It is an object of this invention to provide a sanitizing device for a sink-trap which utilizes UV rays to destroy pathogens residing within said sink-trap,
It is another object of this invention to provide a method for sanitizing a hospital operating room to at least 99.99% sterility,
It is yet another object of this invention to provide an integrated method for sanitizing a hospital operating room and improving the efficiency of maintaining the sterility thereof.
SUMMARY OF THE INVENTION
The operating room or other health care environment of this invention uses UVGI to control contamination in a hospital room environment. Sanitization is provided by a ceiling-mounted UV/ozone sterilizer and a sink trap sterilizer. These devices, optionally used in combination with other traditional devices such as an air-duct sanitizer or floor sanitizer, provide means for an improved method of room sanitation. The sink-trap sanitizer, in addition to any air-handling devices, can be used continuously. These devices can also provide full-room sanitation for when operating room personnel are not present when used in combination with an airtight operating room.
The ceiling device utilizes UV tubes to provide an irradiation source and an ozone generator to provide ozone. More than one tube is provided on each device and the tubes are segregated into an up region and a down region. The up region irradiates ceiling and wall surfaces in its light of sight and surfaces reached by reflection. The down region is designed to irradiate all other surfaces within its line of sight and those that are reached by reflection of UV rays. When used, the room is evacuated of personnel. Ozone is generated during the emission of UV light. The UV light and ozone work alone and synergistically to destroy pathogens. Particularly, the ozone is able to reach non-reflected surfaces because of its gaseous nature.
Other areas such as sink trap wells are sterilized by a separate device that irradiates the sink-trap well. One embodiment places the UV source within the sink-trap, whereas another embodiment provides a UV transparent sink-trap portion and an outside UV source placed near the sink trap transparent portion. The above devices may be used in conjunction with other known sterilization means, such as an air duct sanitizer or a water-source sanitizer to provide an improved method of room sterilization.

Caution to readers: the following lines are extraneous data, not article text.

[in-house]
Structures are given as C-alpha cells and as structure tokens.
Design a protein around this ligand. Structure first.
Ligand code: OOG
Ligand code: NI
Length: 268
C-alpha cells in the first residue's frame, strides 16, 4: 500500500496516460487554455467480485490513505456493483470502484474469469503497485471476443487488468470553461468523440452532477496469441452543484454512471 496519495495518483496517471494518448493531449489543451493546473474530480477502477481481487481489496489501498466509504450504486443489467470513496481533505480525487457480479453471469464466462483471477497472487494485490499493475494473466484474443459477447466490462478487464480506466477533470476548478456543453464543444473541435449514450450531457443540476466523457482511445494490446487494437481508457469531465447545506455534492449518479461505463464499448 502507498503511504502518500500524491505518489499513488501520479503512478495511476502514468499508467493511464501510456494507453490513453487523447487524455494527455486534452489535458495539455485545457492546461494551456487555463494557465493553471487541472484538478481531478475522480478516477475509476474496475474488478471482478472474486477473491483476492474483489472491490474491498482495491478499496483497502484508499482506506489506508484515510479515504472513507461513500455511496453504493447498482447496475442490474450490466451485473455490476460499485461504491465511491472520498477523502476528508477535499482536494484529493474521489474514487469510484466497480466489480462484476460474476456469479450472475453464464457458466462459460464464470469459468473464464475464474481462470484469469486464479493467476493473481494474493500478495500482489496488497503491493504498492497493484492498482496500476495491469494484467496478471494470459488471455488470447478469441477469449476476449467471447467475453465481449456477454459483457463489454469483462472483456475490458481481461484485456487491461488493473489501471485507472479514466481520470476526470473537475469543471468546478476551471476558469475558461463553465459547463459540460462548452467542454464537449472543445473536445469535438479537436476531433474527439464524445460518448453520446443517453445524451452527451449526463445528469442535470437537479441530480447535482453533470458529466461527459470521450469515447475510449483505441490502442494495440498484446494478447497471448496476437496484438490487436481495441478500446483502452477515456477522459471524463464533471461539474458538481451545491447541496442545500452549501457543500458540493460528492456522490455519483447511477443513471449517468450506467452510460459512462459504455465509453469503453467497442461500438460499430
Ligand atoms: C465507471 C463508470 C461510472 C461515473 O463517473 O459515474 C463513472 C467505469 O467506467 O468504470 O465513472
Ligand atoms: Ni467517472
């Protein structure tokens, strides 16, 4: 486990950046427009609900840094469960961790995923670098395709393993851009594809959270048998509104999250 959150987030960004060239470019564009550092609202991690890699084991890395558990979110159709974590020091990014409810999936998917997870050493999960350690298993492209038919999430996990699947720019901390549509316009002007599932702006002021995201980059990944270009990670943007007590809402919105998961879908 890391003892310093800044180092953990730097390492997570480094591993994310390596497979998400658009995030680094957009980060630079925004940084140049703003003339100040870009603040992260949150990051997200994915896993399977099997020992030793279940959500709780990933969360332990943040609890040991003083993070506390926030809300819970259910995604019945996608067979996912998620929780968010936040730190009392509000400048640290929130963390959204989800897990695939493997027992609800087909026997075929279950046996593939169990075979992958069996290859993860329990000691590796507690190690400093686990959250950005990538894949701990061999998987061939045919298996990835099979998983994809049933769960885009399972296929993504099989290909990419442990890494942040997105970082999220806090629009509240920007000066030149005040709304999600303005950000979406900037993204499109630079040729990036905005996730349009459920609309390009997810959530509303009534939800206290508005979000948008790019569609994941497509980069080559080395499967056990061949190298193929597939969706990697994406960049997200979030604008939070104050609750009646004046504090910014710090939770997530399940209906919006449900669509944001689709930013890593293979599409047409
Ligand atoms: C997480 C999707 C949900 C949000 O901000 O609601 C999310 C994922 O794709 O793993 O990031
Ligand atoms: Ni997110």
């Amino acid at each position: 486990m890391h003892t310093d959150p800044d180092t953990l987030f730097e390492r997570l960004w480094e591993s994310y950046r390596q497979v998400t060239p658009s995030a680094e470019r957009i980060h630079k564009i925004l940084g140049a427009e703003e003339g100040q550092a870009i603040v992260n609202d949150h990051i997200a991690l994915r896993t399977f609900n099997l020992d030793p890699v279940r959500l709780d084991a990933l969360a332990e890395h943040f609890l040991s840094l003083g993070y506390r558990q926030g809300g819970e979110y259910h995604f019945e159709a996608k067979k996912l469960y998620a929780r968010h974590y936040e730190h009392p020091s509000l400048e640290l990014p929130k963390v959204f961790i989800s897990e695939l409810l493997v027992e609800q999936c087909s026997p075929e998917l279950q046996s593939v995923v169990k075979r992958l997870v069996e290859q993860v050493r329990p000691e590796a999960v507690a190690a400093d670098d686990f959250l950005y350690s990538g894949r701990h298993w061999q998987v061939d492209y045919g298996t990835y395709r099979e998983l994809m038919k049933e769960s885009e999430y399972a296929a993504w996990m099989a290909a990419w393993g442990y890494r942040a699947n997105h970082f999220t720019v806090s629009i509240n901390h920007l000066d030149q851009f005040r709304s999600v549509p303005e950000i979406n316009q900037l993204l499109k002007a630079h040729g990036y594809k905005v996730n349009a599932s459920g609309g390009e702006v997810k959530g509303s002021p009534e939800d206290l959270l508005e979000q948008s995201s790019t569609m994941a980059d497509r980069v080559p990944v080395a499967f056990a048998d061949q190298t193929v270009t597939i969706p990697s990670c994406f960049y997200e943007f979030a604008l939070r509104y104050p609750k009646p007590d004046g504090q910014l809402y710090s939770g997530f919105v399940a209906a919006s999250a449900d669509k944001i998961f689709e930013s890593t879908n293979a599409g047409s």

BRIEF DESCRIPTION OF THE DRAWINGS
The present invention can best be understood in connection with the accompanying drawings. It is noted that the invention is not limited to the precise embodiments shown in drawings, in which:
FIG. 1 is a perspective view of one possible embodiment of the UV/ozone, ceiling-mounted sterilizer.
FIG. 2 is a perspective view of a modified sink-trap containing a sink-trap sterilizer.
BRIEF DESCRIPTION OF REFERENCE NUMERALS
100 ceiling mounts; 102 UV tube; 104 ozone generator; 106 room sterilizer; 200 sink basin; 202 sink drain; 204 piping; 206 sink-trap piping; 208 power cord; 210 UV bulb; 212 gasket; 214 bulb compartment
DETAILED DESCRIPTION OF THE INVENTION
FIG. 1 is a perspective view of one possible embodiment of the UV/ozone, ceiling-mounted sterilizer. When the device is mounted within an operating room as by mounts 100, preferably on a ceiling, and the airtight room evacuated of personnel, it is powered on. By providing emission of UV rays from the UV bulbs 102 in conjunction with ozone from the ozone generator 104, the room sterilizer 106 sterilizes the room. The method is superior to UV only sterilization techniques because the production of ozone sterilizes surfaces not in the line of sight of direct or reflected UV rays. Further, the method is used in conjunction with an airtight room, thereby allowing high concentrations of ozone to be generated. After a sufficient period of time has elapsed, the generator may be turned of, such as by an outside the room power switch. Ozone decomposes naturally into harmless components; therefore, after a suitable waiting period, the room is sterilized to at least 99.99% sterility and personnel may reenter.
FIG. 2 shows a typical embodiment for purifying hospital sink-trap pipe-sections with ultraviolet irradiation.
In FIG. 2, the drain sink-trap pipe-section 204 leading from the sink drain 202 in sink basin 200 is interrupted by a plurality of flat transparent quartz glass windows 216. These windows may be flat, thick fused quartz windows, which are sealed by silicone seal gaskets 212 and bonded to the trap pipe section 206. Adjacent to the windows 216 there is provided a UVGI source 210, such as a PL-LI8 W/TUV, 18W 2 GII base lamp, such as manufactured by "Topbulb Company", within an opaque housing 214 enclosing UV lamp 210. Housing 214 has a UV reflective internal surface within the housing 214. Housing 214 is preferably aluminum with cast external fins (not shown) to dissipate heat. It is noted that while FIG. 2 show U-shaped pipe sections of a sink drain trap, it is further noted that the entire sink drain can also be formed of the transparent quartz material, as opposed to the preferable embodiments having sections thereof.
In the foregoing description, certain terms and visual depictions are used to illustrate the preferred embodiment. However, no unnecessary limitations are to be construed by the terms used or illustrations depicted, beyond what is shown in the prior art, since the terms and illustrations are exemplary only, and are not meant to limit the scope of the present invention. It is further known that other modifications may be made to the present invention, without departing the scope of the invention, as noted in the appended claims.
Patent applications by Ping Jia, Solon, OH US
Patent applications by Yong Wang, St. Louis, MO US
Patent applications by Yoram Rudy, St. Louis, MO US
Patent applications in class Ultraviolet
Patent applications in all subclasses Ultraviolet